As wonderful as marriage is, the freedom and privileges afforded by singleness—the opportunities of being generous with time and resources—are an expression of God’s faithfulness to us and through us. Single people should not feel that they have no context in which to be faithful. Instead, they should learn to see expressions of faithfulness in friendship, in service to God’s people, and in their dealings with the world as opportunities for the Spirit to bear fruit in their lives. Like married people, they should glorify God in their bodies (1 Cor. 6:12–19), and like Paul, they should seek to give their undivided devotion to the Lord (1 Cor. 7:35), not life’s frivolities.
As wonderful as marriage is, the freedom and privileges afforded by singleness—the opportunities of being generous with time and resources—are an expression of God’s faithfulness to us and through us.
Parenting, too, requires great faithfulness, because parents are responsible to “train up a child in the way that he should go” (Prov. 22:6). Paul instructs the Ephesian fathers to bring their children up “in the discipline and instruction of the Lord” and not to provoke them (Eph. 6:4). Yes, children need shelter, food, and water, but they also need more than that. Faithful Christian parents lovingly discipline their children so that they will know right from wrong, and they share the Gospel with their children so that they, too, can share in God’s loving faithfulness.
There is no guarantee, of course, that parents’ faithfulness will result in children becoming godly adults. Some parents have done a wonderful job, but their children are not where they had hoped. Maybe that’s your situation. Even then, the call is to remain faithful and to let your children know that the door is always open. However far off they may wander, however wide they may stray, parents are meant to remain ever faithful to their children, just as our heavenly Father is to us.
Finally, as followers of the Lord Jesus Christ, we are His ambassadors wherever we go (2 Cor. 5:20)—and that includes our workplaces. As Christians, we should be known for our reliability, honesty, and consistency. As employers, we should be faithful in paying well and in treating those in our charge with dignity. As employees, we should be faithful to work what we’ve agreed to work and not fritter our time away scrolling on our phones, reading the news, or catching up on the latest sports scores. Such actions may seem harmless, but they do nothing to cultivate the fruit of faithfulness in our vocations.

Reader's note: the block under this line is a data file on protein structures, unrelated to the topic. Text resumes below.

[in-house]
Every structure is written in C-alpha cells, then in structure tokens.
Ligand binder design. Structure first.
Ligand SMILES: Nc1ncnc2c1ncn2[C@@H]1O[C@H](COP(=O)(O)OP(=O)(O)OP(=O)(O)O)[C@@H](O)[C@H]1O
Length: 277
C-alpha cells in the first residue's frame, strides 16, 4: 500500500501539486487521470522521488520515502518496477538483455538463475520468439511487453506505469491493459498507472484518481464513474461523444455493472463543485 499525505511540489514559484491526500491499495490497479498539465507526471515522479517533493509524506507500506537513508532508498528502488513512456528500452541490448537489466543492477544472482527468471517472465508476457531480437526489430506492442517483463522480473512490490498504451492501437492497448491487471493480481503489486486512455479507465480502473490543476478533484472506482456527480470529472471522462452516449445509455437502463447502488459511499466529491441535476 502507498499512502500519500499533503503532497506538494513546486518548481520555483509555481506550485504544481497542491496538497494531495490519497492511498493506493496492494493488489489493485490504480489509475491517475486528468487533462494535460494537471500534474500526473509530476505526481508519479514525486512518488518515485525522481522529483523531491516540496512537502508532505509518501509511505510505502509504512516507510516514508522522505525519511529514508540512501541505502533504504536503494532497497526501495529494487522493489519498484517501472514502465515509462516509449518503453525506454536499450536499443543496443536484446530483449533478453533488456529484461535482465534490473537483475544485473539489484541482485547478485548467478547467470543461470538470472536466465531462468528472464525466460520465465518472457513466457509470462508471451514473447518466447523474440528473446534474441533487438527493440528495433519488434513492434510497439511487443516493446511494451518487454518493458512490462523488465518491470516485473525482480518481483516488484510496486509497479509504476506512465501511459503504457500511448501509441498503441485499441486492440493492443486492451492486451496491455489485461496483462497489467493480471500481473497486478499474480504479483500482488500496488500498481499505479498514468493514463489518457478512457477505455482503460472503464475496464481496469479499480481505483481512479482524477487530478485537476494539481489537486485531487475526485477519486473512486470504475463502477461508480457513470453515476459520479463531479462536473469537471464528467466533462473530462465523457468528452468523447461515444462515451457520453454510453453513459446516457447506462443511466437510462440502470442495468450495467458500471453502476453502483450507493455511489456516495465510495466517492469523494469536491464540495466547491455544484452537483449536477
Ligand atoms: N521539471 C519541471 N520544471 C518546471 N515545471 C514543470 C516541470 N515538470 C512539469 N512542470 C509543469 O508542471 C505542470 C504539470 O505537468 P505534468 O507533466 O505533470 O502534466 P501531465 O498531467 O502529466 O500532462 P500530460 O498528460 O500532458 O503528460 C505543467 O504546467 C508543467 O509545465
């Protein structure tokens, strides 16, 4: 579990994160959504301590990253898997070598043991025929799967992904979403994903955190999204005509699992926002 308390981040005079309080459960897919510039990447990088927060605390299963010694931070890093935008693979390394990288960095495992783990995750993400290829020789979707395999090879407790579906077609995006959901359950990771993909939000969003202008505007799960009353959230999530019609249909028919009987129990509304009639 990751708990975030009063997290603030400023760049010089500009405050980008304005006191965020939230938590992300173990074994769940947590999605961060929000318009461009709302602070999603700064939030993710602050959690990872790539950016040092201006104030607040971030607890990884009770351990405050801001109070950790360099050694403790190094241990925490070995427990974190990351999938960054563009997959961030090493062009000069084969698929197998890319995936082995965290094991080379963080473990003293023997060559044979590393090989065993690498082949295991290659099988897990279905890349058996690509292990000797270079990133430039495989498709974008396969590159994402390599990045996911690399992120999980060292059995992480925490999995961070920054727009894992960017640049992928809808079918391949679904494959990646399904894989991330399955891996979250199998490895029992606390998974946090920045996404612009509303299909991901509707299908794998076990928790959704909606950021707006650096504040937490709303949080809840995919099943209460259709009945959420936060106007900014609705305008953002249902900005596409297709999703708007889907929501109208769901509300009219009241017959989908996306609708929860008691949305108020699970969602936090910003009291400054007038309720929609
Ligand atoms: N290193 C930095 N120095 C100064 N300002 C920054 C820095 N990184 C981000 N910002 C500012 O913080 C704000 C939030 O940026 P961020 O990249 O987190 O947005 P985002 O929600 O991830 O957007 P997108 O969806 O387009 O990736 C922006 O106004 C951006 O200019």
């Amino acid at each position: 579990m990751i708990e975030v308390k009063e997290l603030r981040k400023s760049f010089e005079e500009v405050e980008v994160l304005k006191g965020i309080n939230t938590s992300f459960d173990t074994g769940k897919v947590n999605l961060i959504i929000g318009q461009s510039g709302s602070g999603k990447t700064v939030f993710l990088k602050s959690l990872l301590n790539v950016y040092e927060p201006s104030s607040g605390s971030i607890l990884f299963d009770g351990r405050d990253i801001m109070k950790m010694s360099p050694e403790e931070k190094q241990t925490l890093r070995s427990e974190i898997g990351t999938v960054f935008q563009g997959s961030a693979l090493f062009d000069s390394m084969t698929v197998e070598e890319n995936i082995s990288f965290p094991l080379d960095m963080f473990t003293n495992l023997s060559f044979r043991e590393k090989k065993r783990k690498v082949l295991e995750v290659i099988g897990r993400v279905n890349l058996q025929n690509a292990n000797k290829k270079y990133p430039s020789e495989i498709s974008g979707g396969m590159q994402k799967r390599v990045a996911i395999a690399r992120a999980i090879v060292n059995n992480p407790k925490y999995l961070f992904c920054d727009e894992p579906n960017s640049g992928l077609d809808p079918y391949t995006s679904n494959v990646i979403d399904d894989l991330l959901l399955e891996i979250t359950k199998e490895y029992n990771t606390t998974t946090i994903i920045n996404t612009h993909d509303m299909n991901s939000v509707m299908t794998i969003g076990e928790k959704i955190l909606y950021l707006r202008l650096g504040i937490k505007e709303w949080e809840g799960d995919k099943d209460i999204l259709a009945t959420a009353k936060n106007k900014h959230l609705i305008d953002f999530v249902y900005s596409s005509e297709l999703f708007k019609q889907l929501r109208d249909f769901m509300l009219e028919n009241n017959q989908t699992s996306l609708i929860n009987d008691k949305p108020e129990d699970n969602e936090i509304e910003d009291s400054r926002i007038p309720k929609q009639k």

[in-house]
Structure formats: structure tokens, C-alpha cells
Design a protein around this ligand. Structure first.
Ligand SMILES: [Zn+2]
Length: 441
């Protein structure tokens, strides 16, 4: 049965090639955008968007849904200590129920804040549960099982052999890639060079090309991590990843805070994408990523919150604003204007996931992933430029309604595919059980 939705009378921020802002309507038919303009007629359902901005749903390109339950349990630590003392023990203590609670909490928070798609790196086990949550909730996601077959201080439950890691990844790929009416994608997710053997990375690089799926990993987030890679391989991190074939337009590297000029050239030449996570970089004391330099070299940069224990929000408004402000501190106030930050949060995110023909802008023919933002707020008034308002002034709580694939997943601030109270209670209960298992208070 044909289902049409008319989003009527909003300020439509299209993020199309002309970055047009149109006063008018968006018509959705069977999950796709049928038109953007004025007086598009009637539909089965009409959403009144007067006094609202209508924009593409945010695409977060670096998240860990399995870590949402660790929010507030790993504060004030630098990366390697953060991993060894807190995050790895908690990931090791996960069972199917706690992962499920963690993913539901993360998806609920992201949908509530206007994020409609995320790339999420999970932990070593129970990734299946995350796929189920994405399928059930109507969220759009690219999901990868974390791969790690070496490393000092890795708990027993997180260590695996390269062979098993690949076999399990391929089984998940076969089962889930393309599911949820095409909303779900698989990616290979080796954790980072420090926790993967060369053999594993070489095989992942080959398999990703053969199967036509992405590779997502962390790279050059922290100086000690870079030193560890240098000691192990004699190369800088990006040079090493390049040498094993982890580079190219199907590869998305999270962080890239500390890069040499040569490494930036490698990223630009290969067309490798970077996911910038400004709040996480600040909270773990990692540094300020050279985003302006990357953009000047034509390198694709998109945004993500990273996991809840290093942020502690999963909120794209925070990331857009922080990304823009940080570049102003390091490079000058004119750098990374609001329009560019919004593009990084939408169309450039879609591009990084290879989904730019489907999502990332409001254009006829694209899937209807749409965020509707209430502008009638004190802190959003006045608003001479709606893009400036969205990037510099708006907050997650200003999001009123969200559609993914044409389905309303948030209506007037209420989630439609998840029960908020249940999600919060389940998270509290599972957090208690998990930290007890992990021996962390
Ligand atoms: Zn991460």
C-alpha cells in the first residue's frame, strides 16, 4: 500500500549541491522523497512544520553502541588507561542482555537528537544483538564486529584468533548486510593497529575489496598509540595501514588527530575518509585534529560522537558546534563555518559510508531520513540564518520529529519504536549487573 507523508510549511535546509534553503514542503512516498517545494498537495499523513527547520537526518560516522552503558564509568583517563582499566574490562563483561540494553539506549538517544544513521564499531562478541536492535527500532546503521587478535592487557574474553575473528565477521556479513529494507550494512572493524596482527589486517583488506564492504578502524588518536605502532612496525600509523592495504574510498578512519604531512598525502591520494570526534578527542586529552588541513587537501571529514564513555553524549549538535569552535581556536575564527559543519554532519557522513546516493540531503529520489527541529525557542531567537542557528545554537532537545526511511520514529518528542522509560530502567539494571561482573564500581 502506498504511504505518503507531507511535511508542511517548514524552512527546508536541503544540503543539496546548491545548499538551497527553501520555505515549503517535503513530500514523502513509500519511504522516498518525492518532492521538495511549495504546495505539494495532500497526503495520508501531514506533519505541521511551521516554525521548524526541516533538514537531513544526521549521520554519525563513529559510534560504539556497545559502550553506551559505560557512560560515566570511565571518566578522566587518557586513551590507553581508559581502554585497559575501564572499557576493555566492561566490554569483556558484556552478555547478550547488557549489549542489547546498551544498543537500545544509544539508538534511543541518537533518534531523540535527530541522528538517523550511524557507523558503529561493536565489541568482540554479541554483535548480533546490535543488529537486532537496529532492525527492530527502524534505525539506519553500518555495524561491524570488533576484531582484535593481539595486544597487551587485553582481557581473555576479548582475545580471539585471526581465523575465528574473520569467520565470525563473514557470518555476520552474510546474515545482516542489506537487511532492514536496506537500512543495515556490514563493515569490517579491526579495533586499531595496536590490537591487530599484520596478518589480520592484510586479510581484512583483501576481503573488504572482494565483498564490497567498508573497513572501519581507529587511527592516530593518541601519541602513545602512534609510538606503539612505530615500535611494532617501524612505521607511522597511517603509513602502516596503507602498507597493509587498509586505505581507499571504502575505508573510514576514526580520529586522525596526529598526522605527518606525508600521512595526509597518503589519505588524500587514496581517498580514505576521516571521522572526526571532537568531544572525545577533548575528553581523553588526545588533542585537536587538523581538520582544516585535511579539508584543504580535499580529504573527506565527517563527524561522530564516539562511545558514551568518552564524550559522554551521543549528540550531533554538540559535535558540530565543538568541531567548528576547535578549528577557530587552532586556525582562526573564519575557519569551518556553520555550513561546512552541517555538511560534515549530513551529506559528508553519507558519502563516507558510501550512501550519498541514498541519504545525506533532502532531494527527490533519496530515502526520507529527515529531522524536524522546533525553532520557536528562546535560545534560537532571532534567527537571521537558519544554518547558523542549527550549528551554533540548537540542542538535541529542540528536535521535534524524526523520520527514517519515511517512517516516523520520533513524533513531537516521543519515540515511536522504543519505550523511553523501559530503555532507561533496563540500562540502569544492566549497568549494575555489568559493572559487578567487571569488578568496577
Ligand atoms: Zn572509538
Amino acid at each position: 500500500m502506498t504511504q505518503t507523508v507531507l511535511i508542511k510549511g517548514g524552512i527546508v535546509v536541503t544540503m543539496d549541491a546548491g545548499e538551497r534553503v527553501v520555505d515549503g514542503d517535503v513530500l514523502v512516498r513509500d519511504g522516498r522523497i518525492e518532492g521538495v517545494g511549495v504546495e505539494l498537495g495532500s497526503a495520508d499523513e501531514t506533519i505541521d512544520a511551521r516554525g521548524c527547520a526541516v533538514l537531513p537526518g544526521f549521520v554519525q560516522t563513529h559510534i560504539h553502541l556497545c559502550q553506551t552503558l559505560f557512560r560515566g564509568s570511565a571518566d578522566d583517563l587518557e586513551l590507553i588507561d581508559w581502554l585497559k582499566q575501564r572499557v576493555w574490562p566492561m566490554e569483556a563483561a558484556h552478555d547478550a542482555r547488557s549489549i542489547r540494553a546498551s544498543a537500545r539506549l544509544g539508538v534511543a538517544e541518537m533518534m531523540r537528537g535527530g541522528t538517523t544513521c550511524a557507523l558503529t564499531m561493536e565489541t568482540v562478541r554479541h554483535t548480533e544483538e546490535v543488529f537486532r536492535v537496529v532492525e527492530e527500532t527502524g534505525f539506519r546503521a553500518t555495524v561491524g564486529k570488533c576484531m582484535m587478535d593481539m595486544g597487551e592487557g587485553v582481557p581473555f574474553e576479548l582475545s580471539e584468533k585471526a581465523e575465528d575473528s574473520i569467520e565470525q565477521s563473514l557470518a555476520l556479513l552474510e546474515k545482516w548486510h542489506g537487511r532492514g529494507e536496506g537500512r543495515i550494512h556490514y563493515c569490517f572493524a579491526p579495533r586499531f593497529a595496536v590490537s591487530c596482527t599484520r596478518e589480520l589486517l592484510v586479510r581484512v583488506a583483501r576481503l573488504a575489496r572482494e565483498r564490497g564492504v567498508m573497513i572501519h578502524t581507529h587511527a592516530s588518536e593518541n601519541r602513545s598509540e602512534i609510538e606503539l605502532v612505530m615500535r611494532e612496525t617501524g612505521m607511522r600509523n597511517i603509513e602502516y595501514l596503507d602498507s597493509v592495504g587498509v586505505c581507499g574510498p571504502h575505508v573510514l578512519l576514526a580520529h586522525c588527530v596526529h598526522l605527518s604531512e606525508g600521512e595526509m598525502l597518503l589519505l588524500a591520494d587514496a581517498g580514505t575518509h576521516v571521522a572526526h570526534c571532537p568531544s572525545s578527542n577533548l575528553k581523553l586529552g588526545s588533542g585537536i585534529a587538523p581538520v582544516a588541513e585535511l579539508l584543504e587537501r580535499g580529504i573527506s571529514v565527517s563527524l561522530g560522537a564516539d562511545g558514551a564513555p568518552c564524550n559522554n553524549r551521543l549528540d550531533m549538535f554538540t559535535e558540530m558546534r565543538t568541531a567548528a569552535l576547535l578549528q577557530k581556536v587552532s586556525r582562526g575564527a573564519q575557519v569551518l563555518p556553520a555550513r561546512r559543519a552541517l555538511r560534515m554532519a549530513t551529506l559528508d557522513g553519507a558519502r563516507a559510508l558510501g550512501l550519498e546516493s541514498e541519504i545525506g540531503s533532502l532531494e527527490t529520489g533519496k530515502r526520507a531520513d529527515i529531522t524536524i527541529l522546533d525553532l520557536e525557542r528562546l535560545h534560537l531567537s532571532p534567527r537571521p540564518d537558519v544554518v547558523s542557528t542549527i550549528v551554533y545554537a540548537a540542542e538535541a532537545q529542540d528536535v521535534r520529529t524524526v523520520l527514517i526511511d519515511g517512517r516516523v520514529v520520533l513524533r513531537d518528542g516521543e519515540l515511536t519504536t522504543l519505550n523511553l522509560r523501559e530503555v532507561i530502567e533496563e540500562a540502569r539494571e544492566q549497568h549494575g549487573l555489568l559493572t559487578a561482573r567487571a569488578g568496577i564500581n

How to Grow in Faithfulness
To practice faithfulness is no easy task, no matter the arena of life. In fact, in human terms, it’s impossible. We will only grow in faithfulness when we acknowledge just how unfaithful we have already been. The psalmist knew this tragedy deeply: “Who can discern his errors? Declare me innocent from hidden faults” (Ps. 19:12). Each of us has been unfaithful in ways that are hidden from even our own eyes—and so we must plead with the Lord to produce the fruit of faithfulness in increasing measure, then step out in faith and act.
Paul tells us, “He who calls you is faithful; he will surely do it” (1 Thess. 5:24). God will keep us and preserve us. How could it be otherwise? The very name of Lord and Savior is “Faithful and True” (Rev. 19:11). He will surely produce in us the faithfulness He desires for Himself and for those around us.
1 William Grimshaw, quoted in J. C. Ryle, The Christian Leaders of the Last Century; or, England a Hundred Years Ago (London: T. Nelson and Sons, 1869), 145.